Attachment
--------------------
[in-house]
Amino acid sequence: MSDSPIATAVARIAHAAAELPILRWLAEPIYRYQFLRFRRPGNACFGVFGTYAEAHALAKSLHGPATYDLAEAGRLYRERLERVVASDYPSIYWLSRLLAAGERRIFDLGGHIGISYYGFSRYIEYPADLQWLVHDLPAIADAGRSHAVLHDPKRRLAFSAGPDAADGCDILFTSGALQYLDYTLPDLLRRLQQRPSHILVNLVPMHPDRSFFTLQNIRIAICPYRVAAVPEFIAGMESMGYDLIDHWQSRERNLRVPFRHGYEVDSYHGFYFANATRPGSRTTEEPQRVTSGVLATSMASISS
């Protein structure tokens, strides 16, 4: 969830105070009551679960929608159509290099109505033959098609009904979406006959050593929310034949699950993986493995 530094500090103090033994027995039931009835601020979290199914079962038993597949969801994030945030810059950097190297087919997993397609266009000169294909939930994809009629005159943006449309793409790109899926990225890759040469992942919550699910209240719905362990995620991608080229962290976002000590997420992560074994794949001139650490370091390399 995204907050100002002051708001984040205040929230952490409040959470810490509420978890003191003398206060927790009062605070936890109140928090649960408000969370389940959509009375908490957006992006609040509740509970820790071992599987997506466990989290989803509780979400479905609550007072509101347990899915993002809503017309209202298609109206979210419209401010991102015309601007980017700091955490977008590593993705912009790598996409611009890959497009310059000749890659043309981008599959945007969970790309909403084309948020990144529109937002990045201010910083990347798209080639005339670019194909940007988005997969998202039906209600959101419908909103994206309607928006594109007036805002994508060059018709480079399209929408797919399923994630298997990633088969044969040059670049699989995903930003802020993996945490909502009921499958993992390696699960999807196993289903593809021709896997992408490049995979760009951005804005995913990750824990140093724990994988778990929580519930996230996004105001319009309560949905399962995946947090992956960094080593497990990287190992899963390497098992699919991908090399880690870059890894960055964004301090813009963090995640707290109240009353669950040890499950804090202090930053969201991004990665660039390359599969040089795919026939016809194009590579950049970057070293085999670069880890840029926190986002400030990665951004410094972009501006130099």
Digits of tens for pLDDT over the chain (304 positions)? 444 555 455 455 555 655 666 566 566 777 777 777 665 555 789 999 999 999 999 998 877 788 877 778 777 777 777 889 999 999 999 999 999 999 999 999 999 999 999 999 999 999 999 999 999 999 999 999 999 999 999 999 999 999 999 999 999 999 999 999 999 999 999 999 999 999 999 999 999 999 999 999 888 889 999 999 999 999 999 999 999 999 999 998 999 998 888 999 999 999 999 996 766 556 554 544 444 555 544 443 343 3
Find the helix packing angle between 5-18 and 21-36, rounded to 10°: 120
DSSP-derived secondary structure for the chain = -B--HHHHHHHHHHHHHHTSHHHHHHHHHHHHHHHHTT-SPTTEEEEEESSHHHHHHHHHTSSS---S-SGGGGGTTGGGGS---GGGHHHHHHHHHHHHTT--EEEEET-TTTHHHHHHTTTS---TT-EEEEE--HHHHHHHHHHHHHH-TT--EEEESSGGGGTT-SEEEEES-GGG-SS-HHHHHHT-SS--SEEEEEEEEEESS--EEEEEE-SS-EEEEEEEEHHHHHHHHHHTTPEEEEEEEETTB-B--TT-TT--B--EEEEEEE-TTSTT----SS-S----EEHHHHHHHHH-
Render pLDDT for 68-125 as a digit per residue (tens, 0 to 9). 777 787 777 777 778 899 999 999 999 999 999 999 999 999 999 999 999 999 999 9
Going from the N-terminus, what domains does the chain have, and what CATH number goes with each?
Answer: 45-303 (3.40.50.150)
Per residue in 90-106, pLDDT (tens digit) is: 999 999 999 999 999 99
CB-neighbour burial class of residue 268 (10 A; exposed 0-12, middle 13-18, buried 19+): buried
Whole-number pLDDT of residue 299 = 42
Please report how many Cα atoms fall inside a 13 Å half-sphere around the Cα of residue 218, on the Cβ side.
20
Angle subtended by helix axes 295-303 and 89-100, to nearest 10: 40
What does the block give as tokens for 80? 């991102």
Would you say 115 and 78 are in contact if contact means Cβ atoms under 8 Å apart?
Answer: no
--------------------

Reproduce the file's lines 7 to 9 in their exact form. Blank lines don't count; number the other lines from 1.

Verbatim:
Render pLDDT for 68-125 as a digit per residue (tens, 0 to 9). 777 787 777 777 778 899 999 999 999 999 999 999 999 999 999 999 999 999 999 9
Going from the N-terminus, what domains does the chain have, and what CATH number goes with each?
Answer: 45-303 (3.40.50.150)